While it hasn’t been a good year for rain and snow in the Sierra Nevada Foothills, its been a great year for collecting wild rose hips! Rose hips, the fruit of the rose flower, are high in vitamin C, antioxidants, and have a delicious sweet and tangy taste. They can be added to tea blends, infused in honey, or made into a yummy syrup. Here in my area, Rosa californica is the most abundant variety, but all rose species have similar qualities and can be used.
When to Collect
I started collected rose hips last fall, when they were bright red, and still hard and “unripe”. At this stage, they are still very bitter and astringent, and turn sweeter after the first frost. But, if you don’t want to wait for the first frost (or you don’t get a frost where you live), you can collect the hips and put them in the freezer overnight. When you take them out to thaw, they will be softer and sweeter!
How long the season lasts is dependent on weather, abundance, and local wildlife. Here in my area, wild rose is rampant, and this fall the rose plants were painted all over with bright, red berries. We had a good frost earlier in December, and now, although there are still plenty on the bushes, they are starting to fade in color (and nutrition) and get too mushy with age. This week I was able to collect about a cup of remaining bright red hips, and I plan to dry them for my home tea blends.
How to Collect
If you are going to collect rose hips (wild or cultivated) make sure you collecting from plants that have not been sprayed with chemicals! So many rose bushes are sprayed with pesticides. If you are going to collect from wild plants, first review these tips for safe and ethical wildharvesting. Gloves are handy, to protect yourself from thorns, and a clippers to cut the hips off. It can all be done with bare hands, but you’ll get scratched up pretty quickly! If you are going to dry them, let them sit in a brown paper bag (single layered) with some airflow, and out of direct light, until completely hard and dry.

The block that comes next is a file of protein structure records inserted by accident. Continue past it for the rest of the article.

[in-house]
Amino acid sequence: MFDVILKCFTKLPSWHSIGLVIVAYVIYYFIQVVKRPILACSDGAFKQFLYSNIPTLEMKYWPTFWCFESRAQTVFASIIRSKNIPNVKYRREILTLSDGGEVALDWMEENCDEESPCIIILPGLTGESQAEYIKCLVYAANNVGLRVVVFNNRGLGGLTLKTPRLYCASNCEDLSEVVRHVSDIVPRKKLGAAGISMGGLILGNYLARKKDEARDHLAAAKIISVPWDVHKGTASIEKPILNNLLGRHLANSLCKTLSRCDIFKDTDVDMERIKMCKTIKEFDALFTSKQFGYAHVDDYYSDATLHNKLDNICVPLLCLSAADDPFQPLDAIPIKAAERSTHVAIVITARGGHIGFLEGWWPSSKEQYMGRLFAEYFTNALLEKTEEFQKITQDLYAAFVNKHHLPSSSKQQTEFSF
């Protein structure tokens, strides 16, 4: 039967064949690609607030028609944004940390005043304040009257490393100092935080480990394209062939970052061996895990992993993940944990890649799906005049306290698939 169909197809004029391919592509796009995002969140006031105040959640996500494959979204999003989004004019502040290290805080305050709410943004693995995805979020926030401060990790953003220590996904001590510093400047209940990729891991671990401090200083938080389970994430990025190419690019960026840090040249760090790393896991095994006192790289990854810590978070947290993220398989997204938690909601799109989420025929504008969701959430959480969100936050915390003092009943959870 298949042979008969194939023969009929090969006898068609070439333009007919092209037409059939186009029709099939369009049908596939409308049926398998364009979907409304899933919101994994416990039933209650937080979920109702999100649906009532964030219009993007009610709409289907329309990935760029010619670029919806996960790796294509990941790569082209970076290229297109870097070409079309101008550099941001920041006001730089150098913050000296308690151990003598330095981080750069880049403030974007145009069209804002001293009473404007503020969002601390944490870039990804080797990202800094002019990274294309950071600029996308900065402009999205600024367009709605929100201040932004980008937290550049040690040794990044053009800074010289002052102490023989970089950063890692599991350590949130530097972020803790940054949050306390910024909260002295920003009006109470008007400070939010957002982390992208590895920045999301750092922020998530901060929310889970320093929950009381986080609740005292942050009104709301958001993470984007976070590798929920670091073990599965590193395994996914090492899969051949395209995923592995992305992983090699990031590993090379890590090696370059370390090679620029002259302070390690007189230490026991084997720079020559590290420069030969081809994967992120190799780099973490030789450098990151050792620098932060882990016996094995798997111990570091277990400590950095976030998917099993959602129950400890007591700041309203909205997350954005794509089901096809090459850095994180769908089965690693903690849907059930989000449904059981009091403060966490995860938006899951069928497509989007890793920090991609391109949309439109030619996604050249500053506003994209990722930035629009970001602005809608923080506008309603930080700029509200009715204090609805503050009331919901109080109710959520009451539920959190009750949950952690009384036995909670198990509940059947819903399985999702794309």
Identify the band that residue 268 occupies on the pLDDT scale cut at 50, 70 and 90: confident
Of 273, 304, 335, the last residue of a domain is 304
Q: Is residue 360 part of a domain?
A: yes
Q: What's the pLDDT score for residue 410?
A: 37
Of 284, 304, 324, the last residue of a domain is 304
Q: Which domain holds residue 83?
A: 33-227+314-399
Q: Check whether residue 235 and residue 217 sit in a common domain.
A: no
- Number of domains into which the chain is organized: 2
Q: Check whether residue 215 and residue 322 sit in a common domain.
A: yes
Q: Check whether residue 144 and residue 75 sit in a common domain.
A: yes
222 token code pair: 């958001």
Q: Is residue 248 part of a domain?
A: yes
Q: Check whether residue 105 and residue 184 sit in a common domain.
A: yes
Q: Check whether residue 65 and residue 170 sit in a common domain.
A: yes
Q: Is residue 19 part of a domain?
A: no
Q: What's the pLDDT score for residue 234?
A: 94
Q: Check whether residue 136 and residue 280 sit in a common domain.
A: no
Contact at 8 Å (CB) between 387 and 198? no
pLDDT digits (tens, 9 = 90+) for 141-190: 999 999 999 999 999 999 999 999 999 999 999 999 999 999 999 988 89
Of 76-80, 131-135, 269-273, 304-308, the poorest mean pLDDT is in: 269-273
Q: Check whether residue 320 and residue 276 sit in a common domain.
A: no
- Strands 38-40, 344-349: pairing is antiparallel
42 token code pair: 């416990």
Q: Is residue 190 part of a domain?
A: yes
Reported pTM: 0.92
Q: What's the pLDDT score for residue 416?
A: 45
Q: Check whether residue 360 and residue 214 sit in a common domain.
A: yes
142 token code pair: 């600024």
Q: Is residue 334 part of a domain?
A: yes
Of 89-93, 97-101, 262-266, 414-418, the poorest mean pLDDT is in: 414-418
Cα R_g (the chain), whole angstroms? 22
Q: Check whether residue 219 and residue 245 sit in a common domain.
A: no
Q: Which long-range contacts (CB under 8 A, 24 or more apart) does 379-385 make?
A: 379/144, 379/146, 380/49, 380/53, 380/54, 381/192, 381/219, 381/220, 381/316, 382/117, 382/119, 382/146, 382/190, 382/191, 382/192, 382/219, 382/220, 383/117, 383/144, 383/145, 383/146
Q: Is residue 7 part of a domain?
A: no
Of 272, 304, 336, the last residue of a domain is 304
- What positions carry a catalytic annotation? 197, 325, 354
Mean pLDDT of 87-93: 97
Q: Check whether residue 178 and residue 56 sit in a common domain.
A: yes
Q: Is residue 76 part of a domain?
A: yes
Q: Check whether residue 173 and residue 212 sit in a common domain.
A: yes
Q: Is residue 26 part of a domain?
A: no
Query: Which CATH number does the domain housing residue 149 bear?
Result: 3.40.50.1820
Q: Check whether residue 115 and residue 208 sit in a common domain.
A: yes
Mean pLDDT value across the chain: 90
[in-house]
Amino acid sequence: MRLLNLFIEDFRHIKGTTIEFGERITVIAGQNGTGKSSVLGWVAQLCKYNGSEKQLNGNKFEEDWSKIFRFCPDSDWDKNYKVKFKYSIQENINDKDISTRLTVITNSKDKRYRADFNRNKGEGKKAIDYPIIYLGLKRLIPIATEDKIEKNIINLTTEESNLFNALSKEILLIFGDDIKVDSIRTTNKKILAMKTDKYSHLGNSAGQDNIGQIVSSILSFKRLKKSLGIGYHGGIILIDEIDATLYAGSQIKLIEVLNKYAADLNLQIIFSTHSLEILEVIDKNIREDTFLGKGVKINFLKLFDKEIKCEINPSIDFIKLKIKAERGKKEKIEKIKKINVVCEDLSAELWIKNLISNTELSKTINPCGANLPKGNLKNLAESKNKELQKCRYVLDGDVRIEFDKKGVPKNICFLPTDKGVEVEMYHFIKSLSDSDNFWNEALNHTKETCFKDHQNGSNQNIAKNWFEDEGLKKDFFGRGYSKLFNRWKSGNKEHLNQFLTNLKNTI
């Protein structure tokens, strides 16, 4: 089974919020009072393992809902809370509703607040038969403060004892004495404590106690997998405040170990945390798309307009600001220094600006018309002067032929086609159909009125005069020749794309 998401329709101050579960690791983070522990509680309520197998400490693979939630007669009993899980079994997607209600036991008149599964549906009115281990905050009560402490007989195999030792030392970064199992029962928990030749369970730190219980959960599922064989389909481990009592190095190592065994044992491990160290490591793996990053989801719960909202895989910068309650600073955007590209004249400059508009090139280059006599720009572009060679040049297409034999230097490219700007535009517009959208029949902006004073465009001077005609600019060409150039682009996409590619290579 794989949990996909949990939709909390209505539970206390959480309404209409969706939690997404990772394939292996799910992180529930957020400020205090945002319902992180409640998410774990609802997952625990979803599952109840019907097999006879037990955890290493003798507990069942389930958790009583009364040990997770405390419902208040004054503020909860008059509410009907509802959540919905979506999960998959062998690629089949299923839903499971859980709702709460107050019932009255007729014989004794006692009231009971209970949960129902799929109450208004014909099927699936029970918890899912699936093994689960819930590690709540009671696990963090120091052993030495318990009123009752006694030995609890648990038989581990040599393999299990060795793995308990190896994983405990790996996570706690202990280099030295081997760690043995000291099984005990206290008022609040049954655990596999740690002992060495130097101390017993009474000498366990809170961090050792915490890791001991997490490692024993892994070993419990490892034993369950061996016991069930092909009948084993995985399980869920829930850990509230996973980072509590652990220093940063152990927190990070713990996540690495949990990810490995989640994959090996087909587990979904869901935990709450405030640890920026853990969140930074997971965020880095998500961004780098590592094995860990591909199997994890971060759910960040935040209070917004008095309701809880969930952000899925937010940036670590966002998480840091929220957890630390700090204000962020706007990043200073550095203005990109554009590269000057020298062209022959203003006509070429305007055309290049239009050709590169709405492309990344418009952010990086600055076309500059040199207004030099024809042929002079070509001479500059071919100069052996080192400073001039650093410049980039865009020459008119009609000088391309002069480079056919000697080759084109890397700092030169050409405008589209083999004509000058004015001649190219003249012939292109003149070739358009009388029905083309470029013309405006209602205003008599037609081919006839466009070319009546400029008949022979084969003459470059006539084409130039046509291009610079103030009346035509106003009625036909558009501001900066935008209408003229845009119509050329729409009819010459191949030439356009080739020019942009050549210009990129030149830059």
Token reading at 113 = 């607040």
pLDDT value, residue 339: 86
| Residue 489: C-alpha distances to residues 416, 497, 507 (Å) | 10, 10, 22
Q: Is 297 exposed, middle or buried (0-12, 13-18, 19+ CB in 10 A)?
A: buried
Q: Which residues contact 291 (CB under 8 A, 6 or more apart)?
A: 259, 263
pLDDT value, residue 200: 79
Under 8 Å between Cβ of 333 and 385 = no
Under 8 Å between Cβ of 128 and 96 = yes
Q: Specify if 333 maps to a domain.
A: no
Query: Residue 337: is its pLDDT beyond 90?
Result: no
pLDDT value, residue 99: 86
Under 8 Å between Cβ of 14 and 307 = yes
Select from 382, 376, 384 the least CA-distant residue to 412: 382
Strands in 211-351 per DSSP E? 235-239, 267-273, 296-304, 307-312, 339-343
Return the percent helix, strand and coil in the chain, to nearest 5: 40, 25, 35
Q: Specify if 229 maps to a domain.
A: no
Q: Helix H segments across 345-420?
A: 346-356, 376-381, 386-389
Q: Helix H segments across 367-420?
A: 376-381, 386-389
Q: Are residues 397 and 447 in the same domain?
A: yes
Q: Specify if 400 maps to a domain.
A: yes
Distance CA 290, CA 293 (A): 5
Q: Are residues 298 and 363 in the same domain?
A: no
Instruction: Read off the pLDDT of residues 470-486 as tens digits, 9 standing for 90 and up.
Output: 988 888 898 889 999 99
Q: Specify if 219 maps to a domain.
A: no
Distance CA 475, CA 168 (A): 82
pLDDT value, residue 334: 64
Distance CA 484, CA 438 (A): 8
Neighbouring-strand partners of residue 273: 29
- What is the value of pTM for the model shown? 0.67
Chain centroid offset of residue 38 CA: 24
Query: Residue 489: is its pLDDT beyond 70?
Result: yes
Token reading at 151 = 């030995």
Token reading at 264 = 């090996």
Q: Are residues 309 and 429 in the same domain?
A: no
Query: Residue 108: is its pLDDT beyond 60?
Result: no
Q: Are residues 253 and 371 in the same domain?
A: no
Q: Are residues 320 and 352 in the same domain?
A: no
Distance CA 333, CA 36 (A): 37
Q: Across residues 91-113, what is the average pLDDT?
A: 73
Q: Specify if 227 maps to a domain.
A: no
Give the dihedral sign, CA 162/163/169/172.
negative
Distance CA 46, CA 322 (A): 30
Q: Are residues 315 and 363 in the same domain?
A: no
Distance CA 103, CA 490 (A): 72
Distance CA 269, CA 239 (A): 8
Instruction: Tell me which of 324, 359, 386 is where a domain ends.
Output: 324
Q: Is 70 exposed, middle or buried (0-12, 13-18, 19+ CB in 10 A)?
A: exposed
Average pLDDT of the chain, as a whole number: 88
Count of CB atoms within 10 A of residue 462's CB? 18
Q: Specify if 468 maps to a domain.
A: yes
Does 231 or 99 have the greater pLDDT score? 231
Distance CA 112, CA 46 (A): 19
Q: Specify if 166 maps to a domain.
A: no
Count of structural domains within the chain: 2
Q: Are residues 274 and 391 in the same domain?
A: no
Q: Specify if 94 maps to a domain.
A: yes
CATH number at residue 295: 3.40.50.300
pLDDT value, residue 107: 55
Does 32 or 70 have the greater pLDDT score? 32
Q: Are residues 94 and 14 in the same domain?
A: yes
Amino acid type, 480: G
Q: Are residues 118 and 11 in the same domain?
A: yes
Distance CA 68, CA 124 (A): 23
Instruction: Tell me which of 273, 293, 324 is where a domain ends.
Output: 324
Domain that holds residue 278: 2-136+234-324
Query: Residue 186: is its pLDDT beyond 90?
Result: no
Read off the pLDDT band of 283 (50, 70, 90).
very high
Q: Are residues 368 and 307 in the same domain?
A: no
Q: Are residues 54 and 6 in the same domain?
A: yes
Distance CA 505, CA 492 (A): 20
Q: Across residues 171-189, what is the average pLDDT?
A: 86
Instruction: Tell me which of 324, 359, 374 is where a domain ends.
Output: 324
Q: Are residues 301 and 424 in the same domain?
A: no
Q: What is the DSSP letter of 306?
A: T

The small hairs inside the rose hip can be irritating to some people. Sadly, I found this out that I was one of “these people” after making a pint of infused honey with chopped up rose hips – I couldn’t eat the honey without coughing from an irritated throat! So whenever I make any rose hip preparation for myself, I keep the rose hip intact, and dry them first, to reduce the possibility of letting out those little hairs!
What to do with them
Rose hips are one of the most concentrated plant sources of vitamin C, and a common ingredients in winter cold syrups. They are high in antioxidants, and have a tasty, tangy-sweet flavor. Most simply, they can be used to make tea, or cooked down into syrup or jelly (see a good herbal book if you need help on preparation methods). They can be tinctured and added to medicinal syrups or delicious cordials. They hold the most nutrition when they are bright red and fresh, and sweetest after they have been frosted.